Rapid application prototyping will involve several iterations of the software development process, as with other iterative models.  The production of prototypes is not intended to be fully representative of the final system.  In fact the final system may be very different from the prototypes.  The focus isn’t so much on the prototype itself, but what we learn from the prototypes.

A prototype is a representation of an idea or a system (or part thereof).  It may be a full mock up of the system.  Equally it may just focus on one or two features of the system.

Prototypes are a very useful tool, especially when working for a customer or company which doesn’t have a lot of technical expertise and experience.  Non-technical customers find it hard to understand complex design documents, technical specifications and modelling diagrams.  However, they find it much easier to see and interact with something – such as a prototype.

There are two types of prototype – throw away and evolutionary.  Throw away prototypes are, as the name suggests, “thrown away” after they have been developed, tested by users and then evaluated.  The next prototype is then created based on the results obtained from the evaluation.  With an evolutionary prototype the same steps are followed, but the prototype isn’t thrown away.  The results and knowledge gained from the evaluation are reincorporated into an updated design which is then used to update and improve the prototype.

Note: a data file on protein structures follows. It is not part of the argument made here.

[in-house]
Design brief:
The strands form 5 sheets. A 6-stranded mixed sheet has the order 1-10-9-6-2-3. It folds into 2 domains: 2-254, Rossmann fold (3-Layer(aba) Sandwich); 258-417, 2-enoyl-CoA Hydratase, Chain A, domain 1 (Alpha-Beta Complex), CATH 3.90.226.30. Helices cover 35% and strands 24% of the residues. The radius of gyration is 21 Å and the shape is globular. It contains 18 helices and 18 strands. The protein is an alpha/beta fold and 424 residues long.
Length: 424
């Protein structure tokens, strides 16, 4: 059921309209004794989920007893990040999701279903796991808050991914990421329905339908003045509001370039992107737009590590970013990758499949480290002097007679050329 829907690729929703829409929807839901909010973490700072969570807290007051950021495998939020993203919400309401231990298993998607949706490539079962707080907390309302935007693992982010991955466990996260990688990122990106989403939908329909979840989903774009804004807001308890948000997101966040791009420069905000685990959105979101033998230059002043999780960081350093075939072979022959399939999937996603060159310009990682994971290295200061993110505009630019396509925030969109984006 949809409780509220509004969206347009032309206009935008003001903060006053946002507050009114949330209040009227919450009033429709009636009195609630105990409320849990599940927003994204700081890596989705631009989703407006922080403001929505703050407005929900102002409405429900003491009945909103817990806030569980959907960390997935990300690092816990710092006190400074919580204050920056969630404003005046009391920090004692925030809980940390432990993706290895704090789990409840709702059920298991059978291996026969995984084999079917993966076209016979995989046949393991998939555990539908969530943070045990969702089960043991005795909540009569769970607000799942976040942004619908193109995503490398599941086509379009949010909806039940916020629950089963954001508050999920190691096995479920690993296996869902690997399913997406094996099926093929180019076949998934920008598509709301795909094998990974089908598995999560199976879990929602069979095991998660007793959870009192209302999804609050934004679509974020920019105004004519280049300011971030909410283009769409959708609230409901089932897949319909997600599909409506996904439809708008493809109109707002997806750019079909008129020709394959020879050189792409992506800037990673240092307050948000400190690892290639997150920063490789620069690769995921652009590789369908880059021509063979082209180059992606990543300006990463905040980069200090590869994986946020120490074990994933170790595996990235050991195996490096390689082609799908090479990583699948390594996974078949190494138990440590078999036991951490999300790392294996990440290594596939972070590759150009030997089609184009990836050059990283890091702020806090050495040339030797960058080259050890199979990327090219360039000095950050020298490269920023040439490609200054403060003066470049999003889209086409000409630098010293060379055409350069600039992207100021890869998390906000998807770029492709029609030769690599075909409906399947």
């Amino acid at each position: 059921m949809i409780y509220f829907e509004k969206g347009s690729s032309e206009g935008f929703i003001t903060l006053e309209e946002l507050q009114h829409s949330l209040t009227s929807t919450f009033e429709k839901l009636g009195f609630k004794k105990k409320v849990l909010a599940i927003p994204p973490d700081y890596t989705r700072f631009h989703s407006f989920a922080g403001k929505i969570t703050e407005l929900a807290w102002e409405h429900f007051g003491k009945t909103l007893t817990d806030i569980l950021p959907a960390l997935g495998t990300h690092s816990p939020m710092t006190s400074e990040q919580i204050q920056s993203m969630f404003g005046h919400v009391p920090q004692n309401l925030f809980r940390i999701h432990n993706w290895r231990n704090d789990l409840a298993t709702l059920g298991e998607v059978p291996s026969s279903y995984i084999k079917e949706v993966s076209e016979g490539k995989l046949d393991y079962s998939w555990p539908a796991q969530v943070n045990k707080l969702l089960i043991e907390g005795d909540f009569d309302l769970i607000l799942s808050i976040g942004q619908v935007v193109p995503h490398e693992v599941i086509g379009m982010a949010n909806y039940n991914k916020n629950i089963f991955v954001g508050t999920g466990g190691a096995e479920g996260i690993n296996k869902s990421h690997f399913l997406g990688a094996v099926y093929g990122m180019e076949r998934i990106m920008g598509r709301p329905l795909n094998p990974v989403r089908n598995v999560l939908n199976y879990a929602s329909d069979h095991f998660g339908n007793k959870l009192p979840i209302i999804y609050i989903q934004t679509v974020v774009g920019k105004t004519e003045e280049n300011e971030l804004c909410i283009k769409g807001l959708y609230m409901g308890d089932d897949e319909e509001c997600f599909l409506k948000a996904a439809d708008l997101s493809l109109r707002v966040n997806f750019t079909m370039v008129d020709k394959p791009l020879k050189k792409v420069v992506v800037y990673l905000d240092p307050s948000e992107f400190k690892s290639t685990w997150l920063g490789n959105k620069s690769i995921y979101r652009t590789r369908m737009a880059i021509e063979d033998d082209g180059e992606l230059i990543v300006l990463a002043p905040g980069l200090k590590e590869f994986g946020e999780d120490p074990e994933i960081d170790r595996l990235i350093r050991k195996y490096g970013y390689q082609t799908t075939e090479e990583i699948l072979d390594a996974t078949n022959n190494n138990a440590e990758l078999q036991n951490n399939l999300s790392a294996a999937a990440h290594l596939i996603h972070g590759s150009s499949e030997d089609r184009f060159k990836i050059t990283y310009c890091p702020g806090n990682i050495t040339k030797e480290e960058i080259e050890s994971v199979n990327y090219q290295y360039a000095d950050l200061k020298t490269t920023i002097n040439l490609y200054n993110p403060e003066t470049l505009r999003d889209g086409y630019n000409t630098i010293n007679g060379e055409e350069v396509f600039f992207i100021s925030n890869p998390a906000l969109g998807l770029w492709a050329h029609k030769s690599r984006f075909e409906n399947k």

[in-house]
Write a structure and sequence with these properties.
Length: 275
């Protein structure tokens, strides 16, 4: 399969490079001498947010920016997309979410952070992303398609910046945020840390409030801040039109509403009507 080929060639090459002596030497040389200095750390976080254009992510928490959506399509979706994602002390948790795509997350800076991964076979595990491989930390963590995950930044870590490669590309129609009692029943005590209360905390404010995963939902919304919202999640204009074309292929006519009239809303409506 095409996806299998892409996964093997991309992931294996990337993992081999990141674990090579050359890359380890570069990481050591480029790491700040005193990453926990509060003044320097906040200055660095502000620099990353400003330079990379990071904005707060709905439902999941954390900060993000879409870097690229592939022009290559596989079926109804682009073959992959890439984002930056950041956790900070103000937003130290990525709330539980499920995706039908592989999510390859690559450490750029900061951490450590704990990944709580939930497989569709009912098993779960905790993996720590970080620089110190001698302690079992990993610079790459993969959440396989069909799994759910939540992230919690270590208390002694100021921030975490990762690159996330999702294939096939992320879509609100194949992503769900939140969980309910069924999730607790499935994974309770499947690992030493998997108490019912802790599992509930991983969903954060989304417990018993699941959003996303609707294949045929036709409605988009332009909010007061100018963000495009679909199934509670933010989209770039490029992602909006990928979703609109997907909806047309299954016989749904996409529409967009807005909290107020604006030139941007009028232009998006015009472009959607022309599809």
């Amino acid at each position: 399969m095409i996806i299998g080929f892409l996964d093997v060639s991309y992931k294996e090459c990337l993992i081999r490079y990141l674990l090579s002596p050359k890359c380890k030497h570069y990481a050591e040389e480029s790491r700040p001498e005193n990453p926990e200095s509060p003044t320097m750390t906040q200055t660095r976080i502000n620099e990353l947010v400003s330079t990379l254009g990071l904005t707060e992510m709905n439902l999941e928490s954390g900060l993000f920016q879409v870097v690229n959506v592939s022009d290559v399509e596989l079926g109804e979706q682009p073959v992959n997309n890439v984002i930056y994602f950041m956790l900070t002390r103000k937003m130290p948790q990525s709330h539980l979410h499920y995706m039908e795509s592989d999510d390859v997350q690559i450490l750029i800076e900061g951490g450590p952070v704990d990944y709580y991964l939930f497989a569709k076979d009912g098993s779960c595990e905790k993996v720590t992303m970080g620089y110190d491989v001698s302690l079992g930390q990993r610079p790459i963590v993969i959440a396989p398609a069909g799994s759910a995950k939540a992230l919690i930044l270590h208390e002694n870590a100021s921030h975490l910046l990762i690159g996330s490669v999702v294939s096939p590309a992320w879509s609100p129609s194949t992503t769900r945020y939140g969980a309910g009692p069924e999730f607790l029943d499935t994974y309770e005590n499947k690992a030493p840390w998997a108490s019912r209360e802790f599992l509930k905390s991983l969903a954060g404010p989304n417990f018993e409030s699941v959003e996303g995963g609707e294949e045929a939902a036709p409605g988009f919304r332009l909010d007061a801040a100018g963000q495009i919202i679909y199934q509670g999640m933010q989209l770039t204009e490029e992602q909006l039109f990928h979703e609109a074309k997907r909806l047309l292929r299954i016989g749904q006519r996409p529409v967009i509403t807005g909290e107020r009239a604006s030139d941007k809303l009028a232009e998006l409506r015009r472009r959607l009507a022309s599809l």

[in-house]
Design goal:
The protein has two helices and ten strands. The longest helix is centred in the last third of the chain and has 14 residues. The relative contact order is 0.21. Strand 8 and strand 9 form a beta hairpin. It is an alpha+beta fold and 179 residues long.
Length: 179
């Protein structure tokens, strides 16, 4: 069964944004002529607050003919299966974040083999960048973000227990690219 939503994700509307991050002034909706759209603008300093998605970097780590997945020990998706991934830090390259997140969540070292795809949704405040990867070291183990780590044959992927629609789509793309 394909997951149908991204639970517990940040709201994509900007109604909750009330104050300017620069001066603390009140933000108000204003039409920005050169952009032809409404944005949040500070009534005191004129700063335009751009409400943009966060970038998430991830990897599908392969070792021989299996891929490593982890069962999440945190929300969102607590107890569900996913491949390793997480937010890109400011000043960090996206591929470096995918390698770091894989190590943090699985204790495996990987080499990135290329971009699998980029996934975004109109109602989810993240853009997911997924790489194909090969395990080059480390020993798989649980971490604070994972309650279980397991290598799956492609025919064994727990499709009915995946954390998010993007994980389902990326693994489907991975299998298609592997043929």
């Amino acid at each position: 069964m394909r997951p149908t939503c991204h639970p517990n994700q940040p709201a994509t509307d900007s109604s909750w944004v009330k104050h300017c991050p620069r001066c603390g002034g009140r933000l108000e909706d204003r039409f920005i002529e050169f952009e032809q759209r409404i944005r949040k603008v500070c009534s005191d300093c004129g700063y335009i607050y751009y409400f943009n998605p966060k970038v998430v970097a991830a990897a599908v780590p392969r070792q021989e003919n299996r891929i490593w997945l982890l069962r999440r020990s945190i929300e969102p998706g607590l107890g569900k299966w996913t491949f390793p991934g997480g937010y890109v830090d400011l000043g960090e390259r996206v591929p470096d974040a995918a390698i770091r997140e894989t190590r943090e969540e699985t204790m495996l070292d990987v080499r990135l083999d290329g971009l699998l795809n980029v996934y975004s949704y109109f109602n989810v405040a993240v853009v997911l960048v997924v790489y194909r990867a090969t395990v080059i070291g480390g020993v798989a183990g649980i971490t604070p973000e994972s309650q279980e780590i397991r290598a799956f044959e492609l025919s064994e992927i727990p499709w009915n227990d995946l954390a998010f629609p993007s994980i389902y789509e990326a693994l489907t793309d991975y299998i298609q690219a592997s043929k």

The ultimate aim of rapid application prototyping is to create the best system possible, over as many iterations as it is possible to fit within the defined project time.

The benefits of prototyping can be very large – it might make it obvious that the final system would not function correctly or not be fit for purpose.  It may indicate that certain planned functionality isn’t possible on the target operating system or company network environment.   It’s better to find out these things sooner rather than later!

Interactive Systems Design Using An Iterative Model

Iterative Design ModelFurther to our previous article on the Waterfall Model, we will now discuss interactive systems design using an iterative model.

The iterative design model is a fairly new model when compared to the waterfall model, however it is growing in popularity for a number of reasons.  Firstly, what exactly is the iterative design model?